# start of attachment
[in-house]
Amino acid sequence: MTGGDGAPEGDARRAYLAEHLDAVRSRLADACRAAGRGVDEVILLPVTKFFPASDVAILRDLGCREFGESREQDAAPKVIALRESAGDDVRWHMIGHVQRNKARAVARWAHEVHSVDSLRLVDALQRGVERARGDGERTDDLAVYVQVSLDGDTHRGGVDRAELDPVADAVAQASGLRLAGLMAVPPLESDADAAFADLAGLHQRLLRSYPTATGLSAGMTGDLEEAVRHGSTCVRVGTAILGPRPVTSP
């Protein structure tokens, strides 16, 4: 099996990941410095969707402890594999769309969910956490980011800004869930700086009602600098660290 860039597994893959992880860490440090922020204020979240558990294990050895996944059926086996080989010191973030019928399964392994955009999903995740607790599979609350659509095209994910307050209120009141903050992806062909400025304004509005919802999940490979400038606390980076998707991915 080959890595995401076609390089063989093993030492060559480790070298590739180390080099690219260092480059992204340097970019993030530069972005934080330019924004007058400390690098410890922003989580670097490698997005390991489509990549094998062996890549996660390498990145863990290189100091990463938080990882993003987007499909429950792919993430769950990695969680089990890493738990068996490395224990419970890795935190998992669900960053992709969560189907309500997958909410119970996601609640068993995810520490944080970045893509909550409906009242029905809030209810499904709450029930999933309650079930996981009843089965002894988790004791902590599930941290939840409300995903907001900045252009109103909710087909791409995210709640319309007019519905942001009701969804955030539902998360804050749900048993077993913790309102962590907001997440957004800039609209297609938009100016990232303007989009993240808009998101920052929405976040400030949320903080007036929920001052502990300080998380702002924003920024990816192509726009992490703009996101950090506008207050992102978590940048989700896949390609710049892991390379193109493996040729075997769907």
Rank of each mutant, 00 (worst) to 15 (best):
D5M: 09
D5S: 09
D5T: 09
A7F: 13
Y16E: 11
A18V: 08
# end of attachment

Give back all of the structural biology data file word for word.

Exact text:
[in-house]
Amino acid sequence: MTGGDGAPEGDARRAYLAEHLDAVRSRLADACRAAGRGVDEVILLPVTKFFPASDVAILRDLGCREFGESREQDAAPKVIALRESAGDDVRWHMIGHVQRNKARAVARWAHEVHSVDSLRLVDALQRGVERARGDGERTDDLAVYVQVSLDGDTHRGGVDRAELDPVADAVAQASGLRLAGLMAVPPLESDADAAFADLAGLHQRLLRSYPTATGLSAGMTGDLEEAVRHGSTCVRVGTAILGPRPVTSP
């Protein structure tokens, strides 16, 4: 099996990941410095969707402890594999769309969910956490980011800004869930700086009602600098660290 860039597994893959992880860490440090922020204020979240558990294990050895996944059926086996080989010191973030019928399964392994955009999903995740607790599979609350659509095209994910307050209120009141903050992806062909400025304004509005919802999940490979400038606390980076998707991915 080959890595995401076609390089063989093993030492060559480790070298590739180390080099690219260092480059992204340097970019993030530069972005934080330019924004007058400390690098410890922003989580670097490698997005390991489509990549094998062996890549996660390498990145863990290189100091990463938080990882993003987007499909429950792919993430769950990695969680089990890493738990068996490395224990419970890795935190998992669900960053992709969560189907309500997958909410119970996601609640068993995810520490944080970045893509909550409906009242029905809030209810499904709450029930999933309650079930996981009843089965002894988790004791902590599930941290939840409300995903907001900045252009109103909710087909791409995210709640319309007019519905942001009701969804955030539902998360804050749900048993077993913790309102962590907001997440957004800039609209297609938009100016990232303007989009993240808009998101920052929405976040400030949320903080007036929920001052502990300080998380702002924003920024990816192509726009992490703009996101950090506008207050992102978590940048989700896949390609710049892991390379193109493996040729075997769907």
Rank of each mutant, 00 (worst) to 15 (best):
D5M: 09
D5S: 09
D5T: 09
A7F: 13
Y16E: 11
A18V: 08